Lennie tensed. Goddesses, no. Not the pink. The pink bird’s beak was open as if it were laughing at her.
“The pale pink gown will go to the third eldest, Lenushka.” Roslyn sighed as she fingered the pink lace. “How lucky you are, Lennie, to be wearing my absolute favorite color.”
Lennie’s hands curled into fists. She couldn’t do this. Over the years, she’d endured far too many jests regarding the pinkish tint of her underbelly when in dragon form. Girly scales, her detractors called them. She’d also taken jabs over being smaller than the male dragons. Size is important, they would say, snickering at their not-so-subtle innuendo. More than once, she had been tempted to shorten the root of their masculine bravado with a not-so-subtle, well-aimed burst of fire.
“Relax,” Kendall whispered in her ear. “There’s smoke coming out your nose.”
Lennie exhaled slowly to quell the heat simmering in her chest.
Oblivious, since her attention was focused entirely on the gowns, Roslyn continued down the line of dressmaker dummies. “Julia will wear the rose. Kendall, the green. Faith, the blue, and Glenda, the lavender. I do believe, Glenda, that this one will look fabulous with your lavender-colored eyes.”
“How...convenient.” Glenda’s smile of gratitude looked more like a grimace. “Is there a reason why we have different colors?”
“And birds?” Eviana asked with a pained expression.
Lennie figured Evie was particularly uncomfortable at the prospect of wearing an ornamental bird since her newly wedded husband was an eagle shifter.
“Of course!” Roslyn grinned. “I was hoping you would ask. It all has to do with the theme of the wedding: A Most Glorious Day. My gown is a shimmering gold, so I will resemble the sun rising in the east as I walk down the aisle. And all of you will become my living rainbow.” She waved a hand dramatically in the air as she gazed into the distance. “And just as the birds fly over the rainbow, I will take flight into my new and glorious future.”
Eviana suddenly covered her mouth as if she were about to lose her breakfast.
“Are you all right?” Faith asked.
“Sorry.” Eviana eased into a chair. “A bit of morning sickness.”
“I feel the same way, and I’m not even expecting,” Julia grumbled.
Roslyn huffed, frowning at Eviana. “I was quite shocked by your news, Evie. How could you even think about getting with child when you knew my wedding was just around the corner? I had everyone’s gowns made according to the measurements you sent me four months ago. I’ll be terribly upset if your gown no longer fits!”
“I’m sure it will,” Eviana replied dryly. “I’m only six weeks pregnant.”
“And I’m fairly certain you don’t become that way by thinking about it,” Julia added with a wry smile.
Lennie snorted. “True. You do realize, Roz, that after your wedding night, you might be with child, too?”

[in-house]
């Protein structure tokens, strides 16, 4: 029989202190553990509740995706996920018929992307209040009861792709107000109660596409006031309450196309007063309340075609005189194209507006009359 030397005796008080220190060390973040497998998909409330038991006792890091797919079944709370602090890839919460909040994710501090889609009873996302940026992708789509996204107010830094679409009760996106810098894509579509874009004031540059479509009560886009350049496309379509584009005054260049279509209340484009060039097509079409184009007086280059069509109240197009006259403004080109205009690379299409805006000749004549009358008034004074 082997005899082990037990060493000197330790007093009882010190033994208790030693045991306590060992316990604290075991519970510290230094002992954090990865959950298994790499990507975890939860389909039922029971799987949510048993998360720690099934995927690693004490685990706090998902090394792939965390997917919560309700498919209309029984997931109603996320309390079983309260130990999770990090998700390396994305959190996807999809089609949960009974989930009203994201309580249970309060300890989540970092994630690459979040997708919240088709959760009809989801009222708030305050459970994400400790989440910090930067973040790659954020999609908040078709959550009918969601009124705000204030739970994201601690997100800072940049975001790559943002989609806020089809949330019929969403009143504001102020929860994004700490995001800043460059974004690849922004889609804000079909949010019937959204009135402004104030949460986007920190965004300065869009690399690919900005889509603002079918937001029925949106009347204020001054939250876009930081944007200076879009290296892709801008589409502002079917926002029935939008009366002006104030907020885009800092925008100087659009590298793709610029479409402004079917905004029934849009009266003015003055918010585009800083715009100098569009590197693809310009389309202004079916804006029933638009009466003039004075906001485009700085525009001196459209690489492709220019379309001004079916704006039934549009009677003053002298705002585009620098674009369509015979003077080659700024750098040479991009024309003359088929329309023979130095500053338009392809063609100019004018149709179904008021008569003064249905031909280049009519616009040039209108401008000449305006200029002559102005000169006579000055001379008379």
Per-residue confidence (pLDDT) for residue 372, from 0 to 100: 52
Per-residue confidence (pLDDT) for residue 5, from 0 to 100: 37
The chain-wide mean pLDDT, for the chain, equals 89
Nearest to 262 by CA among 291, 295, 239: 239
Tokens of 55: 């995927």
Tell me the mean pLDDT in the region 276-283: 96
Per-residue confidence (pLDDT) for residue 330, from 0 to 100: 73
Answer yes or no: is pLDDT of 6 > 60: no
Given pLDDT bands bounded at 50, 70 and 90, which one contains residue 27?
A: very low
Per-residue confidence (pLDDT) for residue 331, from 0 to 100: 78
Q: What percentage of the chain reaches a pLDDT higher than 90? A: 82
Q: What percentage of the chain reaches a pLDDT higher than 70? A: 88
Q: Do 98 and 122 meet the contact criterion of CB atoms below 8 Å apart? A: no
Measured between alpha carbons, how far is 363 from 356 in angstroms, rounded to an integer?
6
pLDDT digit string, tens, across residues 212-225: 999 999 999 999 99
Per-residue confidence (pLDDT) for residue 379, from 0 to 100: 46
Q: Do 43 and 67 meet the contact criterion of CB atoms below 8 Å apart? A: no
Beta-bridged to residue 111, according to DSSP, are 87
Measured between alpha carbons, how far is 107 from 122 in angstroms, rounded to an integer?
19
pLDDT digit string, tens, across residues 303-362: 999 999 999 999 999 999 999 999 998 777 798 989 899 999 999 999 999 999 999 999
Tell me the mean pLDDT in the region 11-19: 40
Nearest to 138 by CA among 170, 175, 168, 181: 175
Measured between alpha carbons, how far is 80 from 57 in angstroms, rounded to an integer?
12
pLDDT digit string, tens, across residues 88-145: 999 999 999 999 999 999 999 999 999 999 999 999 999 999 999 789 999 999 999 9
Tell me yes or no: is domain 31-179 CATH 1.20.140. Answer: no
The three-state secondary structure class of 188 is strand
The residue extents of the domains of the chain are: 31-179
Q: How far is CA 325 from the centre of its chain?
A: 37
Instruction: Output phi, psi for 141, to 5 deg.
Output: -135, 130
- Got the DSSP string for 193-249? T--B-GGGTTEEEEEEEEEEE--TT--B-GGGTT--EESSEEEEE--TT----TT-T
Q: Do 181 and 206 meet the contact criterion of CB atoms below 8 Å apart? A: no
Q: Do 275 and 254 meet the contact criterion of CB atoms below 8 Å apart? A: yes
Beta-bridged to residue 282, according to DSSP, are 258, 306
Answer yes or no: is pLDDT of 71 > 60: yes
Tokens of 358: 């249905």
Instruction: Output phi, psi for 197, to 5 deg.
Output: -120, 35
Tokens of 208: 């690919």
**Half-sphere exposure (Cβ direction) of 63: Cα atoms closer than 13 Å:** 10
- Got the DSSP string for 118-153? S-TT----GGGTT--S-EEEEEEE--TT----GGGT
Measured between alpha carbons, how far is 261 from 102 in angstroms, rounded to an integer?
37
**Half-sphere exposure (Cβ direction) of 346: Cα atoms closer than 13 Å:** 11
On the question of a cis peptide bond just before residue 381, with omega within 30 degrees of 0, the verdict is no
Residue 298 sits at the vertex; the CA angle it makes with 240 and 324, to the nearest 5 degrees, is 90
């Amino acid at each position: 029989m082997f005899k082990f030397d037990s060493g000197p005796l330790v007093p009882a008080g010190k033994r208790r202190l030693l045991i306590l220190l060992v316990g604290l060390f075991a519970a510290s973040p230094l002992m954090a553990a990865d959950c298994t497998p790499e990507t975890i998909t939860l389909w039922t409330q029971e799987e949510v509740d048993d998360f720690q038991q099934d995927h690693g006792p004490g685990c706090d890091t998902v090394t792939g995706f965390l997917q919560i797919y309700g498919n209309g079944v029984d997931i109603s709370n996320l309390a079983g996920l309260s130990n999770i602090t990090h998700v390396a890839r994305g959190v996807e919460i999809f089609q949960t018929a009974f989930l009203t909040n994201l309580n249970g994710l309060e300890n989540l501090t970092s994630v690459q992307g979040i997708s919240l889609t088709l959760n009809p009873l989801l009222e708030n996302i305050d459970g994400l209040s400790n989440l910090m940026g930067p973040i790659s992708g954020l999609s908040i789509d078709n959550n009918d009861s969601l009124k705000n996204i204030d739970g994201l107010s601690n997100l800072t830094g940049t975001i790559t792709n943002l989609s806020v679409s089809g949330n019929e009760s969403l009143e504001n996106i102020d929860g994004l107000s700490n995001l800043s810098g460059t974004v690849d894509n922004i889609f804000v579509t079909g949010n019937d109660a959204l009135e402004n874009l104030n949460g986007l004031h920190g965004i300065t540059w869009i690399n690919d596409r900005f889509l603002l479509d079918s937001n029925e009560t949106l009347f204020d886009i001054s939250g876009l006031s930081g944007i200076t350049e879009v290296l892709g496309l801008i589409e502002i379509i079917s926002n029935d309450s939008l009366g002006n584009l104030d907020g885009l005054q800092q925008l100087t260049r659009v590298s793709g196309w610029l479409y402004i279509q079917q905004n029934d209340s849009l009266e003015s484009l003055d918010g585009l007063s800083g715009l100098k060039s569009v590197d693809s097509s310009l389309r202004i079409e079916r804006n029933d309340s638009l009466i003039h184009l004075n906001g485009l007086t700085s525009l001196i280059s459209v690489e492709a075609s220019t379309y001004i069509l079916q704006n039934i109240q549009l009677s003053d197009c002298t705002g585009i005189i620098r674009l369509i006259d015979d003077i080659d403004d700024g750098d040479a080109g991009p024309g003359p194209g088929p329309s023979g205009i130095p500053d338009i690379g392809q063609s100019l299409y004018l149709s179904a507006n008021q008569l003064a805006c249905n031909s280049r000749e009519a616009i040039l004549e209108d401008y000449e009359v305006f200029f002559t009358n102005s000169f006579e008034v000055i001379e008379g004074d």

With a grimace, Roslyn shuddered. “Don’t even say that. I refuse to have anything to do with such nonsense. Freydor will have to wait a few years before I’ll feel like giving him an heir.”
There was a collective gasp, and then Kendall asked, “You don’t intend to sleep with your new husband?”
Roslyn huffed. “We’re here to try on these beautiful gowns, not talk about nasty things.”
Eviana sat back with a stunned look. “Why would you call it nast--You don’t love him, do you?”
Roslyn shrugged. “I’m expected to marry, so I picked the best option available.”
“Oh, this is romantic,” Glenda muttered.
“I’m sure I’ll love him with the passing of time,” Roslyn protested. “He’s young, handsome, and rich. What is there not to love? Besides, his estate has the best clay in the country. And he’s promised to build me a marvelous studio where I can devote myself entirely to my pottery.”
“So you’re marrying him for his mud?” Lennie asked.
Roslyn’s turquoise eyes flashed with anger. “Don’t make light of my decision. I may not be Embraced or a shifter like most of you, but I do have a talent, and I intend to make the most of it.” She turned away with an injured look on her face. “Do you think I enjoyed being the only princess at Benwick Academy who didn’t have some sort of magical power? Whenever a new student arrived, I could hear the whispers: Look! There’s the powerless princess.”
Lennie winced. Why had she never realized how difficult it must have been for Roslyn? Because you were too focused on your own problem of being accepted as a female in a male dragon world. “I’m sorry. I didn’t mean to upset you.”
Eviana sighed. “Honestly, Roz, there were many times when I was envious of you. I would have given anything not to have the terrible power I possess, and I would have loved to have attended Benwick with all of you.”
Kendall nodded. “None of us can help the way we were born. And no one has ever thought any less of you, Roz.”